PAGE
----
Now is the Time for Running by Michael Williams
Not what I’d normally read, but I devoured this one.
Publisher: Tamarind Books
Based in part on real events, this follows Deo and his older brother Innocent after the massacre of their family and village in Zimbabwe. Innocent was starved of oxygen at birth so he is mentally handicapped and Deo is charged with looking after him as they face a horrific journey from Zimbabwe to the safety of South Africa. They tackle refugee camps and the poverty within them and a robber-infested wildlife park only to find that their life will be no better in South Africa. Moving from place to place as xenophobia chases them, they finally reach Cape Town and manage to take refuge with other refugees in a surrogate family under a bridge. Until that is the residents of parts of Cape Town rise up in xenophobic anger at the refuges and tragedy strikes once more.
Not one for younger readers because of the events this book is based on (the Cape Town riots) this is a harrowing read. It’s physically hard to read the tragedies of Deo and Innocents’ life in and escape from Zimbabwe, the more so because you know that these were recent events and this sort of thing is still going on. Despite football being a running theme in the book, it will not put off any readers with no interest in the game, or at least it didn’t me. That said though, this is definitely not for younger readers – I know sometimes I’ve talked to kids who are at primary school and reading teen books, which is fine, but this should not be one of them. Apart from the violence in some of the chapters, I’m not entirely sure primary school kids or younger teens would get as much from this book – I know I remember reading a particular book before when I was too young for it and I just completely missed huge swathes of the plot because I hadn’t been able to understand what was happening. It took a friend explaining it to me years later before I realised what I had apparently completely missed and I would not want another child to read this and miss huge chunks of it because they tackled it too soon. It’s a book that needs to be waited for a little.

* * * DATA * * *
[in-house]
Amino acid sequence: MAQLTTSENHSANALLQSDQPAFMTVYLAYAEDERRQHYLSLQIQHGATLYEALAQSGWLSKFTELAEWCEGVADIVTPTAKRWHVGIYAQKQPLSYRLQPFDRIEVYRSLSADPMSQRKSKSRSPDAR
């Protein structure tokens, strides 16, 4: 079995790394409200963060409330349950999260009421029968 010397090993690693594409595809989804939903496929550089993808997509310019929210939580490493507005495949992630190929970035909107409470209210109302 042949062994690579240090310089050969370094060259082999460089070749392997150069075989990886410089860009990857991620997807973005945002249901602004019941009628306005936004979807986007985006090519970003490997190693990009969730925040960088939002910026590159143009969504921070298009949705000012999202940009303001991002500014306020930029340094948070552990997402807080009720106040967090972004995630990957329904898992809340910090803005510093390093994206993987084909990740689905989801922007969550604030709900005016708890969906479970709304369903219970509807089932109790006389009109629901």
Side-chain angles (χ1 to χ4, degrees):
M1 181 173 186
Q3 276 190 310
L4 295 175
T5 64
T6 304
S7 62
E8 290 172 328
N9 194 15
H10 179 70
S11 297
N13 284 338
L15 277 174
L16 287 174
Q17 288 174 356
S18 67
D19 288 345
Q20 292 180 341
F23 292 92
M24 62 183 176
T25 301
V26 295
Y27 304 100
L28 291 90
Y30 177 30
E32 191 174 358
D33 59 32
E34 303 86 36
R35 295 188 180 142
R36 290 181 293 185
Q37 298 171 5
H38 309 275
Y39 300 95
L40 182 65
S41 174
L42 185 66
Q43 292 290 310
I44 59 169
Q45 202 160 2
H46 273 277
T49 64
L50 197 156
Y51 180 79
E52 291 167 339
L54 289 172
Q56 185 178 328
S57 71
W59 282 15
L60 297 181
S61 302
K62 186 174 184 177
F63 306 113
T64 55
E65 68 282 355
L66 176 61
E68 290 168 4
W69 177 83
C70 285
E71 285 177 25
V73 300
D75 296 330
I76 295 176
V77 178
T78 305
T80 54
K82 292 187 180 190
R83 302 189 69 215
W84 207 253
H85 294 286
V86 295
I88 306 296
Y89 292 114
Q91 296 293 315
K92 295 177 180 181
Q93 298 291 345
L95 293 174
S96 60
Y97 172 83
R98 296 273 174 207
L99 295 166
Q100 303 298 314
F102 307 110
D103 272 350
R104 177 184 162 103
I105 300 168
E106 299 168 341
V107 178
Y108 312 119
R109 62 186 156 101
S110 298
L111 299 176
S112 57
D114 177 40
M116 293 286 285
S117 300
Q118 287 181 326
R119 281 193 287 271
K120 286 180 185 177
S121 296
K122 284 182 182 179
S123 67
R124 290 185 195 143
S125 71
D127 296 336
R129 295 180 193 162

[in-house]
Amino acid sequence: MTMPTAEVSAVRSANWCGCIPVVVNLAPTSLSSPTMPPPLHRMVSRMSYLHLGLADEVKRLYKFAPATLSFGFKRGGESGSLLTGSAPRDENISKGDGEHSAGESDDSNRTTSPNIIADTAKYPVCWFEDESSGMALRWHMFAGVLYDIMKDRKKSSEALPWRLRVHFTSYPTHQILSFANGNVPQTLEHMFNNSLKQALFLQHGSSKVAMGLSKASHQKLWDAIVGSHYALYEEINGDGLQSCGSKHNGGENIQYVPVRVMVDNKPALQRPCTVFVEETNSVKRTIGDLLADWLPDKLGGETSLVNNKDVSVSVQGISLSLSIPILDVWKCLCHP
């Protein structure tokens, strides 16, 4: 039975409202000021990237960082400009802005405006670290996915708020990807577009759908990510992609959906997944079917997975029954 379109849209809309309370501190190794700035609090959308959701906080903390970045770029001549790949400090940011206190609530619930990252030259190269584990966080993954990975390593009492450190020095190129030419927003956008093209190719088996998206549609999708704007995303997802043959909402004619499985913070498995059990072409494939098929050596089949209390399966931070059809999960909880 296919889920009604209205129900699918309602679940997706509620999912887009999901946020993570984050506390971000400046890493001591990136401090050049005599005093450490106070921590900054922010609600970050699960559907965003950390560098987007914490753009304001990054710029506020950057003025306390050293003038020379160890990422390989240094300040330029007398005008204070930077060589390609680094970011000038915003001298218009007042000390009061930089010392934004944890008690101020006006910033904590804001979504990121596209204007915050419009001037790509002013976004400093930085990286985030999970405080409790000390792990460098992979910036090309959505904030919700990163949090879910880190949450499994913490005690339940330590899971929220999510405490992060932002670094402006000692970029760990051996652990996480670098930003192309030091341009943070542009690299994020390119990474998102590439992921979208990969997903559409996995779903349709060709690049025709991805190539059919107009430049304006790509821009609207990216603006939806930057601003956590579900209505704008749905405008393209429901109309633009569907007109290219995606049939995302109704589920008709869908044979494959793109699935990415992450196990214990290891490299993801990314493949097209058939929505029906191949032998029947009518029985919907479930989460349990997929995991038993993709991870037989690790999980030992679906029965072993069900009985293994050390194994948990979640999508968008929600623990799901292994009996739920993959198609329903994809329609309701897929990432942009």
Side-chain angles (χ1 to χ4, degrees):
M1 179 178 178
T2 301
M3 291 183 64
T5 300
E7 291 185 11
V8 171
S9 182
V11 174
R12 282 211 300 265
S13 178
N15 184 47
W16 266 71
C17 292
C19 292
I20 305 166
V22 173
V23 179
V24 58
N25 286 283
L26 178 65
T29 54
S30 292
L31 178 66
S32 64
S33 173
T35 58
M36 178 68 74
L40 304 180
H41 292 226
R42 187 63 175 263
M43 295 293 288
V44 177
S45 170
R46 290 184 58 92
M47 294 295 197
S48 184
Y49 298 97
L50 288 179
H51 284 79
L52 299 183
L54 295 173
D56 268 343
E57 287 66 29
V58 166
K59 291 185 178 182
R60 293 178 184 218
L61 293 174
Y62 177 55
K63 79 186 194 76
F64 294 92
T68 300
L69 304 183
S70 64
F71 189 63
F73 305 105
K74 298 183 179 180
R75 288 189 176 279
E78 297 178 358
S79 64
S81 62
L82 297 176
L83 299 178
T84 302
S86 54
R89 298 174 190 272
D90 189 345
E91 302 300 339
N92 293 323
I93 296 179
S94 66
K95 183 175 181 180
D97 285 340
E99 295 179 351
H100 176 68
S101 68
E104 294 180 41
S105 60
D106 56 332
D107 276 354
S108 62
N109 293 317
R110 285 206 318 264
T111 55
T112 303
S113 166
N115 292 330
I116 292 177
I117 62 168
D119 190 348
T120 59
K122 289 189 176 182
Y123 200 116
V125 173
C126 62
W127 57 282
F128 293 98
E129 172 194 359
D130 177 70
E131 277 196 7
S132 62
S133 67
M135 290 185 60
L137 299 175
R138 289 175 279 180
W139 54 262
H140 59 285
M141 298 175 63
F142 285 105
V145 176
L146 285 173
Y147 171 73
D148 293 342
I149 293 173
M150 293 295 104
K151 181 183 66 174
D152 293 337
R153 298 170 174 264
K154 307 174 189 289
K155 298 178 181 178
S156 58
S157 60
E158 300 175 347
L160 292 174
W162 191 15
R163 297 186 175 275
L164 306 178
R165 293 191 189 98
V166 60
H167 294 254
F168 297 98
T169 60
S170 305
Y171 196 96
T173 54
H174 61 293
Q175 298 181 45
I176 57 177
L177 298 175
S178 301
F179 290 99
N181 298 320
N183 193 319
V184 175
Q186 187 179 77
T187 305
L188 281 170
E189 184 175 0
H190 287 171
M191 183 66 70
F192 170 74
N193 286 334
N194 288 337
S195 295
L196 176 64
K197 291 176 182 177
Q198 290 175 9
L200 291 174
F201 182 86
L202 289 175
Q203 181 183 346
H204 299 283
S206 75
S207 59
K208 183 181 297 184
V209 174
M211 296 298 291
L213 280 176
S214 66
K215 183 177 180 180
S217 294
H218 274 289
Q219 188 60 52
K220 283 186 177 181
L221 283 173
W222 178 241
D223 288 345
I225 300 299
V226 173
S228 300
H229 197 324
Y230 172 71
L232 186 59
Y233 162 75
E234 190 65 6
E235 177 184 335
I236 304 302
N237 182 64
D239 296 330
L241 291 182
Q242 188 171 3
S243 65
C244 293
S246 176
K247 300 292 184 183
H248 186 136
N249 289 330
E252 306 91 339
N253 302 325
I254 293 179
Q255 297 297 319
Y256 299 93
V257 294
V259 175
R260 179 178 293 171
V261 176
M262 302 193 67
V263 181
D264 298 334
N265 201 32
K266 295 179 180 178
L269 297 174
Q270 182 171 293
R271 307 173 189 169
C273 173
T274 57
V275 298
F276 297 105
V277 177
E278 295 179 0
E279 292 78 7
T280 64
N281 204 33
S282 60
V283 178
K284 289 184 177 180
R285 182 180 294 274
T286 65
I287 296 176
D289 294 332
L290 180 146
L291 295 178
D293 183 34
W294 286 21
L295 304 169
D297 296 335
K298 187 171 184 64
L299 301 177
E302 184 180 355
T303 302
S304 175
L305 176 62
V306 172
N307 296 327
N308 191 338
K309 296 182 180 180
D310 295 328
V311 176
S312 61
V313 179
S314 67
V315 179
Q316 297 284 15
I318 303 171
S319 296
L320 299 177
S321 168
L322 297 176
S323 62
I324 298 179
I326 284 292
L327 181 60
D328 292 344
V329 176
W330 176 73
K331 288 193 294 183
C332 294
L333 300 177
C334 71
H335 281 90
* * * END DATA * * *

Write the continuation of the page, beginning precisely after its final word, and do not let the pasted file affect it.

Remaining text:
Innocent is just as his name suggests – his mental handicap leaves him with the mind of a child and Deo is very much the adult in their relationship. It only makes Deo and Innocent’s plight the more gripping, as Innocent is left confused by why they are doing exactly what they’re doing at any given moment and it’s left to Deo, the younger brother, to explain it to him without frightening him, an often almost impossible task. It’s so hard to read of a child having to act the adult as his world collapses around him and everything seems to conspire against the brothers. I can’t forget the wild dash over the wildlife park, hoping against hope not to encounter any animals or, worse, any robbers who’ll take advantage of desperate refugees, such as the teenager with one leg being piggybacked by his elderly father to safety.
Astonishingly though, although harrowing the story doesn’t end up being too depressing. It’s a story of hope as much as hardship, something again which can be attributed to the naive character of Innocent. You can almost feel yourself growing lighter at times as you read, it’s like you’re attached to a swinging arrow that goes from one extreme to the other as you read about him.
I can’t say that I loved this book because it’s content makes that seem…. well, incredibly tactless for one. However, it is one I would want to pick up and read again. Any reader with the tiniest interest in modern humanitarian issues needs to pick this book up. Any reader without an interest should still pick it up – it’s a cracking read that will leave you desperate to find out the brothers’ fate.